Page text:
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TitleAcing the GI Board Exam.
Author
LanguageEnglish
File Size14.3 MB
Total Pages275
Table of Contents
                            Cover
Front Matter
Contents
Chapter 1
Chapter 2
Chapter 3
Chapter 4
Chapter 5
Appendix A
Appendix B
Bibliography
Subject Index
                        
Document Text Contents
Page 2

14-0960_Spiegel GI Board Exam 2E_TitleGraphic.eps


THE ULTIMATE CRUNC RESOURCE

Page 137

118 Chapter 3

Vignettes 77-85: Motility Meds Mix n’ Match

On the left is a list of medications used in patients with neurogastrointestinal and motility

disorders. On the right is a list of mechanisms of action. Match each medication on the left to its

corresponding mechanism of action on the right.

77. Linaclotide

78. Alosetron

79. Erythromycin

80. Rifaximin

81. Lubiprostone

82. Peppermint oil

83. Alvimopan

84. Baclofen

85. Methylnaltrexone

Inhibits TLESRs

Smooth muscle relaxant/antispasmodic

Chloride channel-2 agonist

Peripheral acting μ opioid antagonist

5-HT3 receptor antagonist

Motilin receptor agonist

Guanylate cyclase C agonist

Minimally absorbed antibiotic

Page 138

14-0960_Spiegel GI Board Exam 2E_TitleGraphic.eps


“Tough Stuff” Vignettes 119

Vignettes 77-85: Answers

Neurogastroenterology and motility disorders comprise the most common set of conditions

managed by gastroenterologists. This question bank asks about mechanisms of actions of thera-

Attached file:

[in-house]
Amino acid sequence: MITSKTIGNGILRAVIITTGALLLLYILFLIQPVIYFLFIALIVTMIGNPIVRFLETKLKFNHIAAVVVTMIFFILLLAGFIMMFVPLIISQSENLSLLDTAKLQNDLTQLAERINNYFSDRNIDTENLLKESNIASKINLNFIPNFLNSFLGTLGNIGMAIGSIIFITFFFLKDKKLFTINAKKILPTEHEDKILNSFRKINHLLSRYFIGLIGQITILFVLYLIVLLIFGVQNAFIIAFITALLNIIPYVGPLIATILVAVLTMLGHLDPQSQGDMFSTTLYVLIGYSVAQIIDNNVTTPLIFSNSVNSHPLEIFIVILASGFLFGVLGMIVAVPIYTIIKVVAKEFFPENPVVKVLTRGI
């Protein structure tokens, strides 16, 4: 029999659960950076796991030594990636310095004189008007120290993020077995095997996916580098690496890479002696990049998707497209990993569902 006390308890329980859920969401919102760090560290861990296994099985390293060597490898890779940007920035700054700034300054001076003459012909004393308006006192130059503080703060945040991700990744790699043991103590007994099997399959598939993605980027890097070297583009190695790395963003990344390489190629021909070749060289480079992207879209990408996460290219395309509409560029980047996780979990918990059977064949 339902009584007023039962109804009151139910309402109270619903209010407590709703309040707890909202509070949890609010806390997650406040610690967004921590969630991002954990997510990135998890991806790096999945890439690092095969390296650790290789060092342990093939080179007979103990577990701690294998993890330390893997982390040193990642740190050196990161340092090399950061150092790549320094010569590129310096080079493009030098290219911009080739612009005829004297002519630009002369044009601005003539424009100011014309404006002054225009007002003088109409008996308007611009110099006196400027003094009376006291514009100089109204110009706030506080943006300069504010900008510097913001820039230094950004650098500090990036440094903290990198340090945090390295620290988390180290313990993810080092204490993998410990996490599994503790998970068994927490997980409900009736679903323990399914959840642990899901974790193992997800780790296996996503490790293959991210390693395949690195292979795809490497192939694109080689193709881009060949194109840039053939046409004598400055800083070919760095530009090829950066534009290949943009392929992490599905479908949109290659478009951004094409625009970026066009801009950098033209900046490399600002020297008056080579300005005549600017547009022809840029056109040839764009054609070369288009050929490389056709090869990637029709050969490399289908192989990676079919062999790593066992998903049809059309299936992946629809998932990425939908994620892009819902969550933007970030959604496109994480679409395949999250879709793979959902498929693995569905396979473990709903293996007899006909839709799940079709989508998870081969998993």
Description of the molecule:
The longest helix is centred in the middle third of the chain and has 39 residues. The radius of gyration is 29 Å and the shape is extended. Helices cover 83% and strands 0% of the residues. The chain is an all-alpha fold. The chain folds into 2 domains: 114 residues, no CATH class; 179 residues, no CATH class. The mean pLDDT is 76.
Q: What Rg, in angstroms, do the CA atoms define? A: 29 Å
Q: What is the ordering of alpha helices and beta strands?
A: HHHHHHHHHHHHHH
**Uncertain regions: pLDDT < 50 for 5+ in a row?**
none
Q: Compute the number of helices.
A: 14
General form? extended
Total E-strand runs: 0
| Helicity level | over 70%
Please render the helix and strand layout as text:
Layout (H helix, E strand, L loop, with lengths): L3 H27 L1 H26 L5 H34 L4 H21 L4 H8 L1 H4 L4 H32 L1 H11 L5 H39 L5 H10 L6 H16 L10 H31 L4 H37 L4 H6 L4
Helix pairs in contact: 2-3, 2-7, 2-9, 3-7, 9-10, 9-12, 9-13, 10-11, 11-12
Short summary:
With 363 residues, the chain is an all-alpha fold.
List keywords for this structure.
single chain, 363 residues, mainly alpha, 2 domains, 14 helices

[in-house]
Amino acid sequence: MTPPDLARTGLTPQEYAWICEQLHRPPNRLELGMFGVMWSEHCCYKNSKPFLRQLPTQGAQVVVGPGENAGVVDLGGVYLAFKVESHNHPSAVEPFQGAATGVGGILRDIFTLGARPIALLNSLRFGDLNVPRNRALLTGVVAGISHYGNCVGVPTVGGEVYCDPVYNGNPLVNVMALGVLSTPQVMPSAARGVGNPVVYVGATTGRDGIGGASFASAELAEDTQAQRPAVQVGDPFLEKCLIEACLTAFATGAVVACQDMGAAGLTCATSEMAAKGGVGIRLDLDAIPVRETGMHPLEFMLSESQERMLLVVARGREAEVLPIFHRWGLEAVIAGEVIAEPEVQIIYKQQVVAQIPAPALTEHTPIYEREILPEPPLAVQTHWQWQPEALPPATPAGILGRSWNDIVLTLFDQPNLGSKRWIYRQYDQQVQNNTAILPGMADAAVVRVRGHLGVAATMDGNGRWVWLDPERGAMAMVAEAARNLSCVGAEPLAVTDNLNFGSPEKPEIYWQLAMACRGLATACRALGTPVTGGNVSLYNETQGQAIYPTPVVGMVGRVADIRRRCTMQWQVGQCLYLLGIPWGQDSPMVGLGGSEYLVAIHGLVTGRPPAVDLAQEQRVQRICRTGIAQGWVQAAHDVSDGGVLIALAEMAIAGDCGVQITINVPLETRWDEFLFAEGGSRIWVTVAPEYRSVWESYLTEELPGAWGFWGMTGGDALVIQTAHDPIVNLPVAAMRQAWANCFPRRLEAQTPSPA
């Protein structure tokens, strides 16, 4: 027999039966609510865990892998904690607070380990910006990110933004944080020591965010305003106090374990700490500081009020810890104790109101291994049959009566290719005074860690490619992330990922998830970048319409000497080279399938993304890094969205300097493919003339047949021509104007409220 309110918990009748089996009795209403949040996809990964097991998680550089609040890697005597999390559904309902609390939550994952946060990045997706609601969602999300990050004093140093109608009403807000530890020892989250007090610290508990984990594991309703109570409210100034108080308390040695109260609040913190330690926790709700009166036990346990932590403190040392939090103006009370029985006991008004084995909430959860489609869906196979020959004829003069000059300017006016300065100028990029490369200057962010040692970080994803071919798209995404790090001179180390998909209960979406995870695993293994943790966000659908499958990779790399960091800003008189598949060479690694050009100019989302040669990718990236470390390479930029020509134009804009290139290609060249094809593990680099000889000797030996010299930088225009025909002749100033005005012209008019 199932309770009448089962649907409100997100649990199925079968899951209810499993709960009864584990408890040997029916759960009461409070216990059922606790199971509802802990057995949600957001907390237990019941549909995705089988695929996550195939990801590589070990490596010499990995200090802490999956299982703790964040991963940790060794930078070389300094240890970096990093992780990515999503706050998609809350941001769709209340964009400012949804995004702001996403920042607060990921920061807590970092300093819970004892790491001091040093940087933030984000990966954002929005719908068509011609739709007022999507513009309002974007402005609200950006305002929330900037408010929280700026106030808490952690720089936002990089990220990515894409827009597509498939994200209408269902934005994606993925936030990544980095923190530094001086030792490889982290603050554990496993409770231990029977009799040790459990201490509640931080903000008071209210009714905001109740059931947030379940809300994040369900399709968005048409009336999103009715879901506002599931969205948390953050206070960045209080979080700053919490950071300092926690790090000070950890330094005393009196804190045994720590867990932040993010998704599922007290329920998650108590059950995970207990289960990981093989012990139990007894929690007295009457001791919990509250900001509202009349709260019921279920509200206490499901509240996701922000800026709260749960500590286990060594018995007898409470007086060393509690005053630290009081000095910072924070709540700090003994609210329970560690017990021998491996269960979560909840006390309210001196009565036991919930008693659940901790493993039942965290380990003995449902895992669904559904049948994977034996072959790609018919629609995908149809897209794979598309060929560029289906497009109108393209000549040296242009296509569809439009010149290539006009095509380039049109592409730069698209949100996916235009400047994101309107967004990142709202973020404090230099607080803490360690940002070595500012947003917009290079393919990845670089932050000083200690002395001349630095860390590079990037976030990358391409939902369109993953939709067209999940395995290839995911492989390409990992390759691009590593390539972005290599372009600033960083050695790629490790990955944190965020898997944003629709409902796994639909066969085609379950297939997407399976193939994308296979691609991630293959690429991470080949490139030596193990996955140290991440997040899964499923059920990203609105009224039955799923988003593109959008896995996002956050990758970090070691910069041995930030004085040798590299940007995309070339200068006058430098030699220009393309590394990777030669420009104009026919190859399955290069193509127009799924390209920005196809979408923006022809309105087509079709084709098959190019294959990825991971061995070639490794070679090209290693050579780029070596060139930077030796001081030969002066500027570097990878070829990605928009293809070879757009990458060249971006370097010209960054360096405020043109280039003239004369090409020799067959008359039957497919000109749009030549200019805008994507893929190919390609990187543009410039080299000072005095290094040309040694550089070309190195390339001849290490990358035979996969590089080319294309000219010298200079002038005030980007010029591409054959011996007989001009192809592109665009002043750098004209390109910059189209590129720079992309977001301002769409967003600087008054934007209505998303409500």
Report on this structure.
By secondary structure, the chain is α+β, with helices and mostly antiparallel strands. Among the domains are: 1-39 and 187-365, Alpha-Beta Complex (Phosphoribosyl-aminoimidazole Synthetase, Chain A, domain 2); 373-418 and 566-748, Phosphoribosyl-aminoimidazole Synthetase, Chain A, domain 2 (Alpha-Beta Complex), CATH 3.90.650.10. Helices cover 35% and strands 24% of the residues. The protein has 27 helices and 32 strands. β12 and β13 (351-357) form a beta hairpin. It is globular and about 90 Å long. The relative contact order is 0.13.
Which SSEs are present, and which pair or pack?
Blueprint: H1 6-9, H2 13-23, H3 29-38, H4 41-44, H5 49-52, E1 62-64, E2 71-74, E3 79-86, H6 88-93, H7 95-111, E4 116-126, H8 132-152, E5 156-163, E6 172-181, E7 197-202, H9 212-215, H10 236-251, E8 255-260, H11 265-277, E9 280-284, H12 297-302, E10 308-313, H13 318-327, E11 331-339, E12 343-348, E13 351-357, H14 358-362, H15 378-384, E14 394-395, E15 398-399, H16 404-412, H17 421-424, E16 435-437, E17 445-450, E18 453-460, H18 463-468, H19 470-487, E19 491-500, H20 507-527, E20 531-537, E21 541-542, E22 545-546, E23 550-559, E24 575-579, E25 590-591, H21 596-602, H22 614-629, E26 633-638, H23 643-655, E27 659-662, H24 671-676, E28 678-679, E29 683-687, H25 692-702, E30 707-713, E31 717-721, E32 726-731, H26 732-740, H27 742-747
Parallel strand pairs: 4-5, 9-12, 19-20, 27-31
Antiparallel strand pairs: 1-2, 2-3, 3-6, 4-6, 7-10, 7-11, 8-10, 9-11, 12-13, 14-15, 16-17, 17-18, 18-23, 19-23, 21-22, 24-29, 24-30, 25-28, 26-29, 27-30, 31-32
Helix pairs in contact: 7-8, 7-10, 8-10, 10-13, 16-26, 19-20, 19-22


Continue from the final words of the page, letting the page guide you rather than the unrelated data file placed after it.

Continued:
pies used for these conditions. I briefly discuss each medication, including its clinical use and

pharmacological mechanism.

77. Linaclotide: Linaclotide is a first-in-class guanylate cyclase C (GCC) receptor agonist. The

FDA approved linaclotide for treatment of chronic idiopathic constipation and irritable

bowel syndrome with constipation (IBS-C). By activating the GCC receptor, linaclotide

increases the intracellular availability of cyclic GMP in enterocytes. This, in turn, activates

various ion channels, including the CFTR chloride channel, which pumps chloride into

the lumen of the bowel. To maintain electrical neutrality, cations like sodium will follow,

and water will follow in its wake. The result is a net transfer of water into the lumen. In

light of this mechanism of action, linaclotide is associated with diarrhea, which is some-

times okay for patients suffering from severe constipation, but can also be dose limiting.

Diarrhea is reported to occur in about 20% of patients. In addition, linaclotide is thought

to reduce firing of the afferent nerves in the myenteric plexus. This may account for some

of linaclotide’s established benefits for abdominal pain in IBS. The therapy is specifically

approved for the pain of IBS based on the FDA label. Based on phase III clinical trials

of linaclotide at a dose of 290 mcg once daily, the effect size in IBS is substantial, with a

number needed to treat (NNT) of 5 (see Vignette 5 if you need a reminder about how to

calculate the NNT).

78. Alosetron: Alosetron is a first-in-class 5-HT3 receptor antagonist. It was originally